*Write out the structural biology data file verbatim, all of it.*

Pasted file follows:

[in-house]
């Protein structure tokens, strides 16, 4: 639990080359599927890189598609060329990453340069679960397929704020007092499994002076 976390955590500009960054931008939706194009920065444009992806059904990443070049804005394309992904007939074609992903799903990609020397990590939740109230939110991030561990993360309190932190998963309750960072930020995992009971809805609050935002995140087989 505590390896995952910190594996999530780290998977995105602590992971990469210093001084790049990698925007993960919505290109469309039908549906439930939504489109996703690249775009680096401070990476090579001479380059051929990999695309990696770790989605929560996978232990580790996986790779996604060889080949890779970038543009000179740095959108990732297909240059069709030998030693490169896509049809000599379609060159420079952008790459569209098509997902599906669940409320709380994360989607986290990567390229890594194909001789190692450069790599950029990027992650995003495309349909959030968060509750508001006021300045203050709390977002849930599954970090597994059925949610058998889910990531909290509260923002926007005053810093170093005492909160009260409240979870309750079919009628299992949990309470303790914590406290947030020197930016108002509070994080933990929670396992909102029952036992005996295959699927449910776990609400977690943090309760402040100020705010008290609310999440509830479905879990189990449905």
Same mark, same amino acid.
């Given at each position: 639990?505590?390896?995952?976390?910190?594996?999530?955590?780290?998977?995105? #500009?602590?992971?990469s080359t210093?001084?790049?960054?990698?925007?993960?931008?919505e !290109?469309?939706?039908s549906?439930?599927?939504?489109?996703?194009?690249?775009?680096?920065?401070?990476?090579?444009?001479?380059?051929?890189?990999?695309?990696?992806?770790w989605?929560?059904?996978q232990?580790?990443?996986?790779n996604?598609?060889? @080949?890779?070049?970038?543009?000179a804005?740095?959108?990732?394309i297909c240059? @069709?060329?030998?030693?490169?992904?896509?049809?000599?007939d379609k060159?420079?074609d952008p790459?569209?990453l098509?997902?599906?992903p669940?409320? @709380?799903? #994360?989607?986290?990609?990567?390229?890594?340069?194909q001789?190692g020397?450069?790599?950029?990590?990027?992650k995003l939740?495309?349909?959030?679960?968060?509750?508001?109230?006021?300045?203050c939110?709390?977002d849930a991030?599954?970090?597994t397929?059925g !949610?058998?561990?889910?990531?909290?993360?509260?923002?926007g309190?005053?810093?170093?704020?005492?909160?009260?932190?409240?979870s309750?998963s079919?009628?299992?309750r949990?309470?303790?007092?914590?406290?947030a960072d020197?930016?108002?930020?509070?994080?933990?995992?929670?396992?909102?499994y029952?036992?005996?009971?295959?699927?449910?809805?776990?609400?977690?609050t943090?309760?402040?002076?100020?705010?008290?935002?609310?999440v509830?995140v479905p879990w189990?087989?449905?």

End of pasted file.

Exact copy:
[in-house]
């Protein structure tokens, strides 16, 4: 639990080359599927890189598609060329990453340069679960397929704020007092499994002076 976390955590500009960054931008939706194009920065444009992806059904990443070049804005394309992904007939074609992903799903990609020397990590939740109230939110991030561990993360309190932190998963309750960072930020995992009971809805609050935002995140087989 505590390896995952910190594996999530780290998977995105602590992971990469210093001084790049990698925007993960919505290109469309039908549906439930939504489109996703690249775009680096401070990476090579001479380059051929990999695309990696770790989605929560996978232990580790996986790779996604060889080949890779970038543009000179740095959108990732297909240059069709030998030693490169896509049809000599379609060159420079952008790459569209098509997902599906669940409320709380994360989607986290990567390229890594194909001789190692450069790599950029990027992650995003495309349909959030968060509750508001006021300045203050709390977002849930599954970090597994059925949610058998889910990531909290509260923002926007005053810093170093005492909160009260409240979870309750079919009628299992949990309470303790914590406290947030020197930016108002509070994080933990929670396992909102029952036992005996295959699927449910776990609400977690943090309760402040100020705010008290609310999440509830479905879990189990449905």
Same mark, same amino acid.
């Given at each position: 639990?505590?390896?995952?976390?910190?594996?999530?955590?780290?998977?995105? #500009?602590?992971?990469s080359t210093?001084?790049?960054?990698?925007?993960?931008?919505e !290109?469309?939706?039908s549906?439930?599927?939504?489109?996703?194009?690249?775009?680096?920065?401070?990476?090579?444009?001479?380059?051929?890189?990999?695309?990696?992806?770790w989605?929560?059904?996978q232990?580790?990443?996986?790779n996604?598609?060889? @080949?890779?070049?970038?543009?000179a804005?740095?959108?990732?394309i297909c240059? @069709?060329?030998?030693?490169?992904?896509?049809?000599?007939d379609k060159?420079?074609d952008p790459?569209?990453l098509?997902?599906?992903p669940?409320? @709380?799903? #994360?989607?986290?990609?990567?390229?890594?340069?194909q001789?190692g020397?450069?790599?950029?990590?990027?992650k995003l939740?495309?349909?959030?679960?968060?509750?508001?109230?006021?300045?203050c939110?709390?977002d849930a991030?599954?970090?597994t397929?059925g !949610?058998?561990?889910?990531?909290?993360?509260?923002?926007g309190?005053?810093?170093?704020?005492?909160?009260?932190?409240?979870s309750?998963s079919?009628?299992?309750r949990?309470?303790?007092?914590?406290?947030a960072d020197?930016?108002?930020?509070?994080?933990?995992?929670?396992?909102?499994y029952?036992?005996?009971?295959?699927?449910?809805?776990?609400?977690?609050t943090?309760?402040?002076?100020?705010?008290?935002?609310?999440v509830?995140v479905p879990w189990?087989?449905?």